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Jinster

Coolant reservoir leak

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My MY97 has developed a coolant reservoir leak since I started using the updated coolant cap. Upon releasing the pressure by opening the cap, the leak stops. I have switched back to the old cap now. It's much better to have a slow loss of coolant over months through steam than to have a quick loss of coolant over days with over-pressure.

The question is, for those who have replaced the coolant reservoir, where was the leak coming from? Anyone have a photo? The plastic of the reservoir is very thick. I can't see how it could leak. If it does leak through a crack in such a thick walled plastic, one would think the leak would be constant and not just at pressure.

I suspect it's a seal or something. But the leak is behind the reservoir in my case, as is the case for the majority of the leaks described. So I can't see. Is there a seal/hose there?

Edited by Jinster

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Mine was almost in the center bottom - it will vary. I found a picture online that appeared to have a leak near the same area as mine. I have circled it. I had a hard time finding the leak also and it only did on heavy pressure. If you can feel around, you should eventually find residue solidified around the area. I never pinpointed it until it was removed.

PITA to replace, but in my opinion, worth a DIY :-\

post-14292-0-10098000-1295520776_thumb.j

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Jinster:

Here's another place where one of mine leaked:

post-6627-0-43318000-1295589282_thumb.jp

Regards, Maurice.

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Mine was like the first pic with a crack along the bottom. Have you pulled up your trunck carpet? My leak got quickly worse from the first time or two I topped off the coolant to when I fixed the problem (about a month later).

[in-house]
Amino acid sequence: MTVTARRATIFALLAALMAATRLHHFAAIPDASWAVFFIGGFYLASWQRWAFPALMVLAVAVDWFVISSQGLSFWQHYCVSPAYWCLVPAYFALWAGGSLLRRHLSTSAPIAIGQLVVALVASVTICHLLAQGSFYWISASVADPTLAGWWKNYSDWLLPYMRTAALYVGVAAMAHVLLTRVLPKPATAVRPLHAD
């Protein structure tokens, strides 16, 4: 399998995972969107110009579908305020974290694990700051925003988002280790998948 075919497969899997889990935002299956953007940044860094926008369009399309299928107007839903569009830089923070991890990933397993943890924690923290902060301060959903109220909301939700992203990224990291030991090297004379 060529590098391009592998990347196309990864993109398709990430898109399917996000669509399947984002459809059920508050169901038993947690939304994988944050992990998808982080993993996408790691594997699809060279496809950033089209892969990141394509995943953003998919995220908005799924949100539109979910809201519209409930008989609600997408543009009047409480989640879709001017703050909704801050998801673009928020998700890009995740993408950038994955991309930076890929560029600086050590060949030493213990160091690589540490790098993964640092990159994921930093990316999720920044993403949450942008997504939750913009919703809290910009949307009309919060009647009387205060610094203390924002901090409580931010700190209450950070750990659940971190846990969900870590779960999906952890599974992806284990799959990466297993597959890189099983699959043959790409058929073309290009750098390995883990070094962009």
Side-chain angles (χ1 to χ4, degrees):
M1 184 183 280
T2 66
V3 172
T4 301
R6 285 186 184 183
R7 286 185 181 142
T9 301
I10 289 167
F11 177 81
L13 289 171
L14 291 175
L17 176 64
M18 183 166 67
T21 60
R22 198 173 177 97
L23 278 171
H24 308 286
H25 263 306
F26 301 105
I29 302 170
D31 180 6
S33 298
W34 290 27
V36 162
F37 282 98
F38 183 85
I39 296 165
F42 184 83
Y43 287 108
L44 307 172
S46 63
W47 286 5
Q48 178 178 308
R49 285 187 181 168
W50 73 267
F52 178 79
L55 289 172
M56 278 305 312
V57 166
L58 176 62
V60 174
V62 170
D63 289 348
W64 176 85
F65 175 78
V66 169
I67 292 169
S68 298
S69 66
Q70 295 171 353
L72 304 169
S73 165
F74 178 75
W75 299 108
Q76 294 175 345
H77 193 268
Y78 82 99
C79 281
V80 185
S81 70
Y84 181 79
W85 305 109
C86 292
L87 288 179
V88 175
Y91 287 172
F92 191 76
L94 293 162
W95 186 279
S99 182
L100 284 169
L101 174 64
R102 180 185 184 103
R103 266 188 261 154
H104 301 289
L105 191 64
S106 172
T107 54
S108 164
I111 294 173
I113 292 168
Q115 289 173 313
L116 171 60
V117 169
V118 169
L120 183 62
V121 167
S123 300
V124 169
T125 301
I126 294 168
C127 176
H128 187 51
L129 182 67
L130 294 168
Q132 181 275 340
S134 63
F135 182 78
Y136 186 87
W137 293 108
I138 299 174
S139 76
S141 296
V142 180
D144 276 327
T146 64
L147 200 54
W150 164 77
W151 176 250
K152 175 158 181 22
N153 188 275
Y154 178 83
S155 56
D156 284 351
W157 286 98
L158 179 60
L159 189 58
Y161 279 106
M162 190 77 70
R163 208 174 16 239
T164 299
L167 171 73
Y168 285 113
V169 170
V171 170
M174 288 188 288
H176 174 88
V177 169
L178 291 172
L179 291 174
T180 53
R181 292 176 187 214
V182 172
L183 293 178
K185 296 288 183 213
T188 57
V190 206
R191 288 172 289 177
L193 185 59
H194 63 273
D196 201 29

Not a terrible job if you heed the directions on the various forums. Took me about 4 hours, most of which were spent trying tighten up one of the hoses upon reassembly.

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Thanks for the replies and pics, guys.

Maurice, I wish my leak was there. It would have been be quite easy to patch that, I would've thought.

dghii and por986, I had a feel underneath my reservoir for the leak, and all those dimples got me confused. But I think mine might be in a very similar location. Strictly aesthetically speaking, that's one dam ugly reservoir Porsche used!

It's been leaking for a month, since the day I changed the coolant cap and flushed the coolant system with the new red coolant. And I have been driving it with the bleeder valve open since then, and kept refilling it. When it got to about 10L of top up, I realised something must be wrong, and pulled the carpet and had a look... precious red coolant dripping down the bottoms of the reservoir...

I have switched back to the old cap and so far the coolant levels are holding up and no drips over the last three drives.

I thought if I can get an idea as to where it might be coming from, I can do a simple "patch" with bits of soft plastic and superglue - perhaps even do it blind, seeing how hard it is to disconnect and reconnect the hoses, not to mention wasting even more coolant. Hehehe....